What are Narcotic Drugs?

Historically, the term “narcotics” has referred to a broad range of mind-altering substances and illicit drugs. Currently, narcotic drugs are legally defined by the Drug Enforcement Administration (DEA) as a particular class of drugs with sedative effects, characterized by how they affect the body. They bind to opioid receptors within the brain or throughout the nervous and digestive systems, which primarily govern natural pain-relieving mechanisms in the body; some opioid receptors also produce sedative, euphoric, or dissociative effects. Many narcotics are legal to use with an appropriate prescription and are formally used to relieve pain and sleep disorders, and sometimes for digestive issues as well. Narcotics may also be referred to as painkillers, though not all medications with analgesic properties are necessarily narcotics.

Why is Narcotics Abuse Popular Among Teens?

Most Common Narcotic Drugs

Narcotics are classified as either naturally-derived opiates or synthetic opioids, though the term “opioid” is also used interchangeably with narcotics as a whole. Opiates come from the opium poppy, whose painkilling effects have been known for thousands of years. Traditionally, morphine and codeine have been used as powerful analgesics since the 19th century, though synthetic opioids are more common nowadays. Such opioids and some of their common brand names include:

  • hydrocodone (Vicodin, Zohydro ER, Norco)
  • hydromorphone (Exalgo, Dilaudid)
  • oxycodone (OxyContin, Oxecta, Percodan)
  • methadone (Duramorph, Avinza)
  • tramadol
  • fentanyl (Fentora, Actiq, Duragesic)

Additionally, pure opium and heroin are produced and sold as highly addictive illicit drugs. Any of the above medications, when used outside of a doctor’s prescription, are also considered illegal.

How are Narcotic Drugs Abused?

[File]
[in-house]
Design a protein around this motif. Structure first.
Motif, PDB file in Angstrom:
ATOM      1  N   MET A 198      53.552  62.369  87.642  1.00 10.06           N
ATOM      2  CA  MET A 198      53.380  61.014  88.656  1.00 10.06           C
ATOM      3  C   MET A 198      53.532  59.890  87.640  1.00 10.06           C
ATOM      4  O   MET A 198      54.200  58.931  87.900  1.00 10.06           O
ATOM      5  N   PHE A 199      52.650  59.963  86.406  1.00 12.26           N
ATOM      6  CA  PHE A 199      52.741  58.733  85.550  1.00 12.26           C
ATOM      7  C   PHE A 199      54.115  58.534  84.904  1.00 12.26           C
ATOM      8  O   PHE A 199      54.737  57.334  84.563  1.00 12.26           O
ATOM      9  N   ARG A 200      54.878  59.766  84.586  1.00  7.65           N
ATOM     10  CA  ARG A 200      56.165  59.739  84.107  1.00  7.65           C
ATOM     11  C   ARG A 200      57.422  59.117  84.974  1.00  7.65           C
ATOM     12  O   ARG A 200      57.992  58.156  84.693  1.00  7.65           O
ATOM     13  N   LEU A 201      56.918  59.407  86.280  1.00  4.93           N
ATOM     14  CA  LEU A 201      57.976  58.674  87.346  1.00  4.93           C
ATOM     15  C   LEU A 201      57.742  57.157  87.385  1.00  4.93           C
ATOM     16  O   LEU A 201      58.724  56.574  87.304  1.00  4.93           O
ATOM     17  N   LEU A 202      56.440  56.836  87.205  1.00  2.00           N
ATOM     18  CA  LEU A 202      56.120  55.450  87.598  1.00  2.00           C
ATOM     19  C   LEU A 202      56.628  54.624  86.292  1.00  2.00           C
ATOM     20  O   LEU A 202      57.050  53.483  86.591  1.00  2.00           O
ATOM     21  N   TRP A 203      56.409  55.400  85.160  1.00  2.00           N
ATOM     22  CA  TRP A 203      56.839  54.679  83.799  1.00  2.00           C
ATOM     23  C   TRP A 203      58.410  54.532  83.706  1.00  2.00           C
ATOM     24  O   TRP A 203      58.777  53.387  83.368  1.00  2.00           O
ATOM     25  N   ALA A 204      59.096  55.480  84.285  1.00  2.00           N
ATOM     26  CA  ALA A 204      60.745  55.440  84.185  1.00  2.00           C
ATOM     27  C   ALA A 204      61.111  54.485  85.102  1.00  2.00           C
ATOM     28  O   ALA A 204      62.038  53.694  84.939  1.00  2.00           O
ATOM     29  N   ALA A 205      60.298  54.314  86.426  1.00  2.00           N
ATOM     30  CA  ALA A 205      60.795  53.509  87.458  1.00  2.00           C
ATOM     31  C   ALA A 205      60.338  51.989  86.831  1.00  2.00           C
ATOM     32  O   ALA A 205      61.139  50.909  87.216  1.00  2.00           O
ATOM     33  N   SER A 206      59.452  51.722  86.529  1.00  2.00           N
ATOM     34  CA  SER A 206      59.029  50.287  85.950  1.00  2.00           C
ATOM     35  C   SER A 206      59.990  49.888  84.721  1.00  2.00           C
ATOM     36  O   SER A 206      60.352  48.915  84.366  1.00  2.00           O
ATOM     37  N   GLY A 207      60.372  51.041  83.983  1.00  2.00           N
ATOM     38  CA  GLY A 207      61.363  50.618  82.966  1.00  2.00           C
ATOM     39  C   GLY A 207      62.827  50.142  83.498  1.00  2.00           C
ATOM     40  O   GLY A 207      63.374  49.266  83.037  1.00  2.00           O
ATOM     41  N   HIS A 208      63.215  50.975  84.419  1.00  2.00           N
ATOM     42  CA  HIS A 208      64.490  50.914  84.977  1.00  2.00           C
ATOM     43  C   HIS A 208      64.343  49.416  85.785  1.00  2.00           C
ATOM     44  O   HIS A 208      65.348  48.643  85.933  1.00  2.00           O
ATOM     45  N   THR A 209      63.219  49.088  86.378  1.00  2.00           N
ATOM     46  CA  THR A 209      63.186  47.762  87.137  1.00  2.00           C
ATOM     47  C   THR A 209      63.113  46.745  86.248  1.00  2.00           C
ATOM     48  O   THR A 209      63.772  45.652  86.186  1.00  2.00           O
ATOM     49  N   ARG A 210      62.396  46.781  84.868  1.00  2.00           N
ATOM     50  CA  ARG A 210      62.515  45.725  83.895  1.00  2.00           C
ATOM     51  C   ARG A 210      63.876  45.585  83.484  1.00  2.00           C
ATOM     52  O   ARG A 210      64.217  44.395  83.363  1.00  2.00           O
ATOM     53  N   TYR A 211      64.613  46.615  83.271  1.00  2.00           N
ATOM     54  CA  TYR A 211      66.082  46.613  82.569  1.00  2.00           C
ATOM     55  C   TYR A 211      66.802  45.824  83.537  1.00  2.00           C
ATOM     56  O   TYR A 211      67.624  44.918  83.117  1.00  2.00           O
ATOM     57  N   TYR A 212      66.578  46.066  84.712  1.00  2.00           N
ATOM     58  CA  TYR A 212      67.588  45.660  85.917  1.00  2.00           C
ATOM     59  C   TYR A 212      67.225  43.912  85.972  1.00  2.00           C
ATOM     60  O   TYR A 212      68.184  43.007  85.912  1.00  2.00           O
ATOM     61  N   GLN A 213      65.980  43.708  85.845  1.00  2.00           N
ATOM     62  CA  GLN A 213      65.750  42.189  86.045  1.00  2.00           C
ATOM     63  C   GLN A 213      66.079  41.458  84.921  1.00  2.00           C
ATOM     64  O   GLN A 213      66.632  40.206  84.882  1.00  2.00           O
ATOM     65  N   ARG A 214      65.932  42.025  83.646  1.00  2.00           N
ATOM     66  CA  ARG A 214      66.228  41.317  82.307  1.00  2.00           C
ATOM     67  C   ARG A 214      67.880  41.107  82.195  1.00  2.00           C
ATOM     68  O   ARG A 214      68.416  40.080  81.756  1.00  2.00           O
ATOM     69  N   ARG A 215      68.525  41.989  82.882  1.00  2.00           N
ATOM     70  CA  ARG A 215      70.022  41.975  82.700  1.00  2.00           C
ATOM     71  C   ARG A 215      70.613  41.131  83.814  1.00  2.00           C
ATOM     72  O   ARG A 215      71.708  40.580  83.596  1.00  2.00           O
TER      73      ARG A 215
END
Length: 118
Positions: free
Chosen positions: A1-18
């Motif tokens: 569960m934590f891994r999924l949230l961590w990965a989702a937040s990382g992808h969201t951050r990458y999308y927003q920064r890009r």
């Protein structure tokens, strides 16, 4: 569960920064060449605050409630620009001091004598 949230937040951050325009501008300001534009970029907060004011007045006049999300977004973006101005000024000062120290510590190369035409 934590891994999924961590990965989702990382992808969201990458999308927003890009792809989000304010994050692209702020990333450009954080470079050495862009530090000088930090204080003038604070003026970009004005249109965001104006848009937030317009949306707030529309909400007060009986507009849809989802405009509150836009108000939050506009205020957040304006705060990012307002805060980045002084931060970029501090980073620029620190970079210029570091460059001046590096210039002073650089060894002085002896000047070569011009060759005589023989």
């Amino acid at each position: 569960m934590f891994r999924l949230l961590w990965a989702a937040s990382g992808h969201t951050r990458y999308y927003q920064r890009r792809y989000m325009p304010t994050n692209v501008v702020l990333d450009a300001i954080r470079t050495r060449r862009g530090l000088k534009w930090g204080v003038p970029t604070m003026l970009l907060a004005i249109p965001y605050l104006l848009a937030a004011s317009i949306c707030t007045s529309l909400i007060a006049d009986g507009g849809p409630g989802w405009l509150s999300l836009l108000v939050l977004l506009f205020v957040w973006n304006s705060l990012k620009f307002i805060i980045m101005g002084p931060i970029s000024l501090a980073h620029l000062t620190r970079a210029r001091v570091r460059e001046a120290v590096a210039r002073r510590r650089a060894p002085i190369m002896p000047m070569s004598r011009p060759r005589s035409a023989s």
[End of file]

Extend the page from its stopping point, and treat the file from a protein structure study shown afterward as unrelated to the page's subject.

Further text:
Teen narcotics abuse frequently starts with access to another person’s prescribed opioids, such as those of their parents. Many teens are also coaxed into trying narcotics in social settings to get high. Addiction can set in as soon as the first dose. Addicted teens can become withdrawn and defensive to hide their narcotics abuse, and they may resort to other illegal behaviors to obtain more opioids. As tolerance builds up, dosages steadily increase and are taken with alcohol or crushed and snorted for more potent effects. All too often, the results are fatal, either from cumulative damage to vital organs, a sudden overdose, or an accident caused by the dangerous acts they resort to.

Unfortunately, the habit-forming effects of narcotics can arise even within responsible use as prescribed by a doctor. Many opioid addictions start this way when a teenage patient becomes addicted to prescribed painkillers and starts taking more beyond the recommended dosage, sometimes also leading into stealing from another person’s prescriptions or feigning pain to continue receiving medication.

Narcotics Abuse Treatment

Fortunately, recovery from teen drug use is possible. Recognizing the early signs of narcotics abuse is the first step to treatment; even if a teen is aware of their addiction, the pain of withdrawal and fear of punishment can keep them from reaching out. These signs include:

  • Mood swings
  • Lapses in concentration and short-term memory
  • Tolerance to medications
  • Increased pain sensitivity without medication
  • Withdrawal from friends and family
  • Loss of interest in activities previously enjoyed
  • Difficulty or disinterest in maintaining obligations
  • Unexplained financial strain
  • Uncoordinated movement, slurred speech, flushed face, and shallow breathing indicate opioid intoxication

Intervention and treatment should prioritize compassion and care rather than punishment; the teen’s well-being is the goal. A comprehensive approach works best, following detoxification with regular counseling and behavioral therapy. Daily support from loved ones encourages the patient to open up, mitigating dangerous learned behaviors. In many cases, medication-assisted treatment (MAT) can counteract relapse through medications that interact more benignly with opioid receptors, aiming to weaken opioid dependency.

Teen narcotics abuse is widespread, and its effects are frightening and harmful to both the teen and their loved ones. Despite this, professionals are ready and willing to help. At Anthony Louis Center, teens have the opportunity to start their journey to recovery in a safe and supportive environment. For more information, contact us today.

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